JAKOB PHILIPP HACKERT | Italianate landscape with Mercury, Argus and Io;  Italianate landscape with banditti conversing
JAKOB PHILIPP HACKERT | Italianate landscape with Mercury, Argus and Io;  Italianate landscape with banditti conversing
JAKOB PHILIPP HACKERT | Italianate landscape with Mercury, Argus and Io;  Italianate landscape with banditti conversing
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Property from an Important Private Collection

JAKOB PHILIPP HACKERT | Italianate landscape with Mercury, Argus and Io; Italianate landscape with banditti conversing

Estimate: 30,000 - 50,000 GBP

Property from an Important Private Collection

JAKOB PHILIPP HACKERT | Italianate landscape with Mercury, Argus and Io; Italianate landscape with banditti conversing

Estimate: 30,000 - 50,000 GBP

Lot Sold:118,750GBP

Lot Details

Description

Property from an Important Private Collection

JAKOB PHILIPP HACKERT

Prenzlau 1737 - 1807 Florence

Italianate landscape with Mercury, Argus and Io;

Italianate landscape with banditti conversing


the latter signed and dated lower right: J.Phi: Hackert / pinx: à Roma / 1773

a pair, both oil on canvas

the former: 120.2 x 177.2 cm.; 47⅜ x 69¾ in.

the latter: 120 x 178 cm; 47¼ x 70⅛ in.

(2)

Condition Report

The former:

The canvas is lined, the paint surface is clean and the varnish is clear and even. Inspection under ultraviolet light reveals a campaign of older strengthening in some of the leaves of the foliage throughout, and a more recent campaign of cosmetic retouchings which comprise fine lines through the sky and distant mountain to reduce the appearance of craquelure. There are some small retouchings scattered in the shepherd in red. There are a few further retouchings, notably to a small patch of restoration to the foliage above the figures 2 x 4 cm., around the branch that extends to the left in the centre, and to a handful of more concentrated patches in the upper right corner (the largest of which measures 5 x 5 cm.). Any older restoration beneath the varnish is difficult to discern.


The latter:

The canvas is lined, the paint surface is clean and the varnish is clear and even. Inspection under ultraviolet light similarly reveals minor, mostly cosmetic retouchings. There is retouching along the upper and right margins, and to a vertical line running from the centre of the composition down through the standing figure to the lower margin, with two concentrated areas of restoration in the background above this figure, the larger of which measures 2 x 2 cm. There is also a horizontal line of retouching approx. 40 cm. long in the centre of the sky through the foliage and above the mountain. Other small retouchings are scattered in parts of the foliage, in the yellow cloak of the left-most figure of the central group, in the body of the standing figure, and in pin-prick retouchings scattered in parts of the sky.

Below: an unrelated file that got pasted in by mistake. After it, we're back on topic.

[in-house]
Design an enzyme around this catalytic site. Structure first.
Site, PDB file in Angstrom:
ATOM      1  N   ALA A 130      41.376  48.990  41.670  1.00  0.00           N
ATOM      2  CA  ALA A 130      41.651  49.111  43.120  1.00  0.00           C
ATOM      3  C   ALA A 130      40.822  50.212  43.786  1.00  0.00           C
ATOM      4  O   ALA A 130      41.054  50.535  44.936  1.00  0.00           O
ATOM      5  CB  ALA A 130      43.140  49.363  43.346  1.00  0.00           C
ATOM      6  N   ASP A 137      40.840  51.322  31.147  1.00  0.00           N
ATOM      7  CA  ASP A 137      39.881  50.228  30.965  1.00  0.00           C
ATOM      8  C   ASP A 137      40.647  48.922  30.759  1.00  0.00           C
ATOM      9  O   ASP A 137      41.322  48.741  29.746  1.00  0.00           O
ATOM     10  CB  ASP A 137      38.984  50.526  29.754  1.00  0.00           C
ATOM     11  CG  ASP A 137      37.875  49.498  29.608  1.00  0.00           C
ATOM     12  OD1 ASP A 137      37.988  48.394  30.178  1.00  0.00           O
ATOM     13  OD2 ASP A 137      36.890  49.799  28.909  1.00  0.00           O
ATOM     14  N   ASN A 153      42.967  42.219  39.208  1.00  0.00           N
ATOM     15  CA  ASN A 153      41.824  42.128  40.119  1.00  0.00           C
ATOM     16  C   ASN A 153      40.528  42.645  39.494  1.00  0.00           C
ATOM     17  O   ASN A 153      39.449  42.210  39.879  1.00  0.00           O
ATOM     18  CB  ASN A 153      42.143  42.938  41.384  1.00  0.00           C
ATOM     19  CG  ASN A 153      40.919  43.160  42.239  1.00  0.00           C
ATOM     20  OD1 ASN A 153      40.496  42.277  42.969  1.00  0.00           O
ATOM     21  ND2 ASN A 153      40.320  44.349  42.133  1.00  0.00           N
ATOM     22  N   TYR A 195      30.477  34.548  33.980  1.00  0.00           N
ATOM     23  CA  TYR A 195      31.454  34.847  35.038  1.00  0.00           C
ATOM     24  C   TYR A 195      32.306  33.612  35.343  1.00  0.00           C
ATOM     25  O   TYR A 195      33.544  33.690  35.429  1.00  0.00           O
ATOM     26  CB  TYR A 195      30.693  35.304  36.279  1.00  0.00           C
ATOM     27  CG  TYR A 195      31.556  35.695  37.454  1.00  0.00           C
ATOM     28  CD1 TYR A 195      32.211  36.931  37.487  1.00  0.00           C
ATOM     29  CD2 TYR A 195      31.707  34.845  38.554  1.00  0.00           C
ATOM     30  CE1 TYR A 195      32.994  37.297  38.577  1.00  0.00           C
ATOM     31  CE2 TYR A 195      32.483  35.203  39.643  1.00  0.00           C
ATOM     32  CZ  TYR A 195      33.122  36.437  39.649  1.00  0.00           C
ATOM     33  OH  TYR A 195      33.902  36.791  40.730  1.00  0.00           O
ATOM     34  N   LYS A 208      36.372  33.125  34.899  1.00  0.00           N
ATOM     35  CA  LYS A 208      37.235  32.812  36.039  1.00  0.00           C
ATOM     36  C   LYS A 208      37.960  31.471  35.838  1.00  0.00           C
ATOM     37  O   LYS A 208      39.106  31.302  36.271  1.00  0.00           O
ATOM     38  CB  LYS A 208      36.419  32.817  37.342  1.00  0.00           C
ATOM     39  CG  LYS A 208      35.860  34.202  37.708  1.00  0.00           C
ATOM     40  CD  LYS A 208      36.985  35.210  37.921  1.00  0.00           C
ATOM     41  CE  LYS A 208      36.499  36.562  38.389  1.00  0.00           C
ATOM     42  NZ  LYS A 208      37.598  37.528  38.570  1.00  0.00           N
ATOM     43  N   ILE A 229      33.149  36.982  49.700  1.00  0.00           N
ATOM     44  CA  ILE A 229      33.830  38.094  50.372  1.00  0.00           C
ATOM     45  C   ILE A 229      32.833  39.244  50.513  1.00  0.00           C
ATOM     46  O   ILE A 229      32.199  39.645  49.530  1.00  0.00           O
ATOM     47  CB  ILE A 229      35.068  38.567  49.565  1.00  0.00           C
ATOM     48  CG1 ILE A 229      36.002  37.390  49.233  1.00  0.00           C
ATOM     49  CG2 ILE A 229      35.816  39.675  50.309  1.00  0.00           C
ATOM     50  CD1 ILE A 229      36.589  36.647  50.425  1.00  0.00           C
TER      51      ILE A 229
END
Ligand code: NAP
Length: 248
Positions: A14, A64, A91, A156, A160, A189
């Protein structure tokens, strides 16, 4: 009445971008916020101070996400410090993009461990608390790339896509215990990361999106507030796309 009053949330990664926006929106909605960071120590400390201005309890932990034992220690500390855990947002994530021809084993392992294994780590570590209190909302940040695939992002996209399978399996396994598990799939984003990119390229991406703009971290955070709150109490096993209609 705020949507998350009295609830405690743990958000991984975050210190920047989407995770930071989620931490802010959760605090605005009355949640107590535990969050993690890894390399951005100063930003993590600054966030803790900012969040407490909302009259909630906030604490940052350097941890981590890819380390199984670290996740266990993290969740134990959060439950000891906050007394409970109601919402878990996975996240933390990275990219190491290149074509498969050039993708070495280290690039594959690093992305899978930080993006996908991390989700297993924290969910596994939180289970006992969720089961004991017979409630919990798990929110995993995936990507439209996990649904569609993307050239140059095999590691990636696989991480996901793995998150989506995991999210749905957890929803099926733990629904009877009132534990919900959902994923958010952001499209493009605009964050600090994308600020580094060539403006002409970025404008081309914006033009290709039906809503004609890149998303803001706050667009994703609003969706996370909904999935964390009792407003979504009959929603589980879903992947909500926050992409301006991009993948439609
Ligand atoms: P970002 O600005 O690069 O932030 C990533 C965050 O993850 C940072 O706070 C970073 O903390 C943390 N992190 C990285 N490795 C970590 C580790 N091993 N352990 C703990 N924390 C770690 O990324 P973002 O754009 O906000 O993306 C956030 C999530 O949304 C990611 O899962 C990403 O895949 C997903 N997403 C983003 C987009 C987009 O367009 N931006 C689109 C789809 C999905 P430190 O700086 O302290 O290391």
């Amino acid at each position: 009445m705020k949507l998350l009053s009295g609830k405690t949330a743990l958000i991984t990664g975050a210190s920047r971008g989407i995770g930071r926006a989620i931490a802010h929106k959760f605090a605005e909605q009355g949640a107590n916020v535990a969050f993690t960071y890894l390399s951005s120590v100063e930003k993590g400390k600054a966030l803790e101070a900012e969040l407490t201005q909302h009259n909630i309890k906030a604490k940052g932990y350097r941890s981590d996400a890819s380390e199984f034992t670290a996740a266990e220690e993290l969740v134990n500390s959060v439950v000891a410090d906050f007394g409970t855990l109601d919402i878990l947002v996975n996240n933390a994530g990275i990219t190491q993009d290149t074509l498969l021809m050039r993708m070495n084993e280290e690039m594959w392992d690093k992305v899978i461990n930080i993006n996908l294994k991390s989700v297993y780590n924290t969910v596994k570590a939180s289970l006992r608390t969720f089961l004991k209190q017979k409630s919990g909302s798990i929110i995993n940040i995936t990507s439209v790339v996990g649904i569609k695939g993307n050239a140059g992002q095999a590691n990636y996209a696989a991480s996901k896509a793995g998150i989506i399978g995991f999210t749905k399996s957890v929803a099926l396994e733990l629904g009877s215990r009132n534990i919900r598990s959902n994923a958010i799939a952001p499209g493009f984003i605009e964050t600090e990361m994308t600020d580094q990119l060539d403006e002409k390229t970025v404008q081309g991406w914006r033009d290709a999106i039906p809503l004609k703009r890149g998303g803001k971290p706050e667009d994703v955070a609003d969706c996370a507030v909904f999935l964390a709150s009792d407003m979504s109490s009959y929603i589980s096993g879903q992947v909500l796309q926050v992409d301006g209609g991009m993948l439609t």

Both in overall good condition and ready to hang in their current state.


"In response to your inquiry, we are pleased to provide you with a general report of the condition of the property described above. Since we are not professional conservators or restorers, we urge you to consult with a restorer or conservator of your choice who will be better able to provide a detailed, professional report. Prospective buyers should inspect each lot to satisfy themselves as to condition and must understand that any statement made by Sotheby's is merely a subjective, qualified opinion. Prospective buyers should also refer to any Important Notices regarding this sale, which are printed in the Sale Catalogue.

NOTWITHSTANDING THIS REPORT OR ANY DISCUSSIONS CONCERNING A LOT, ALL LOTS ARE OFFERED AND SOLD AS IS" IN ACCORDANCE WITH THE CONDITIONS OF BUSINESS PRINTED IN THE SALE CATALOGUE."

Cataloguing

Provenance

With Bernheimer, Munich and London, October 1999 (when advertised in Apollo).

Catalogue Note

Hackert was a lifelong admirer of the works of his 17th-century predecessor Salvator Rosa (1615–73), and the first of these two large landscapes, depicting Mercury, Argus and Io, is in fact directly based upon a Rosa original that he would have seen in Rome in 1773. The original is now in the Nelson-Atkins Museum of Art in Kansas City,1 but at that date it was one of a small group of works by Rosa hanging in the Palazzo Chigi in Rome, the residence of Prince Agostino Chigi, where it had hung since 1658.


Hackert's source for the composition of the companion canvas is not known, however, although it too must have been based upon Rosa or else painted in close emulation of his style in order to serve as a pendant. Though the Chigi collection possessed other landscapes by Rosa, their descriptions in old inventories do not match the present picture, nor indeed does any surviving work by Rosa. Groups of banditti similar to those painted by Hackert populate many of Rosa's landscapes in the mid-1650s, and Rosa also made a number of engravings of similar subjects.


1 Inv. no. 32-192/1; see S. Russell, 'Salvator Rosa and Herman van Swanevelt', in Salvator Rosa e il suo tempo, 1615–1673, S. Ebert-Schifferer, H. Langdon and C. Volpi (eds), Rome 2010, pp. 346–48, reproduced.

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